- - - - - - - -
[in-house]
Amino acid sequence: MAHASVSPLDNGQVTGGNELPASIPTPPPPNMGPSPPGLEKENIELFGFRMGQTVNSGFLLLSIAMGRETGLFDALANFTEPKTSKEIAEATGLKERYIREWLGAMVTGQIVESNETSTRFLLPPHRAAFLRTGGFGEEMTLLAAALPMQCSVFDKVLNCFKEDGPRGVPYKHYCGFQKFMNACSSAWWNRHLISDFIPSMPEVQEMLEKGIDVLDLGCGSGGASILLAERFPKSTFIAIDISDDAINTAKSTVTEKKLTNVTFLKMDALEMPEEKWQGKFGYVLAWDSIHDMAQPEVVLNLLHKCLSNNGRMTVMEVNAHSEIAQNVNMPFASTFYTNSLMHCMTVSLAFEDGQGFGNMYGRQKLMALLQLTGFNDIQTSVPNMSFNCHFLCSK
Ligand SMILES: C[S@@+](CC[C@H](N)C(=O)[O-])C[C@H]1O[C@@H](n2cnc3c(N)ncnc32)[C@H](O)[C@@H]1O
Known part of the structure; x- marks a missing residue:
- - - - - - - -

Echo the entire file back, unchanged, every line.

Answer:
[in-house]
Amino acid sequence: MAHASVSPLDNGQVTGGNELPASIPTPPPPNMGPSPPGLEKENIELFGFRMGQTVNSGFLLLSIAMGRETGLFDALANFTEPKTSKEIAEATGLKERYIREWLGAMVTGQIVESNETSTRFLLPPHRAAFLRTGGFGEEMTLLAAALPMQCSVFDKVLNCFKEDGPRGVPYKHYCGFQKFMNACSSAWWNRHLISDFIPSMPEVQEMLEKGIDVLDLGCGSGGASILLAERFPKSTFIAIDISDDAINTAKSTVTEKKLTNVTFLKMDALEMPEEKWQGKFGYVLAWDSIHDMAQPEVVLNLLHKCLSNNGRMTVMEVNAHSEIAQNVNMPFASTFYTNSLMHCMTVSLAFEDGQGFGNMYGRQKLMALLQLTGFNDIQTSVPNMSFNCHFLCSK
Ligand SMILES: C[S@@+](CC[C@H](N)C(=O)[O-])C[C@H]1O[C@@H](n2cnc3c(N)ncnc32)[C@H](O)[C@@H]1O
Known part of the structure; x- marks a missing residue: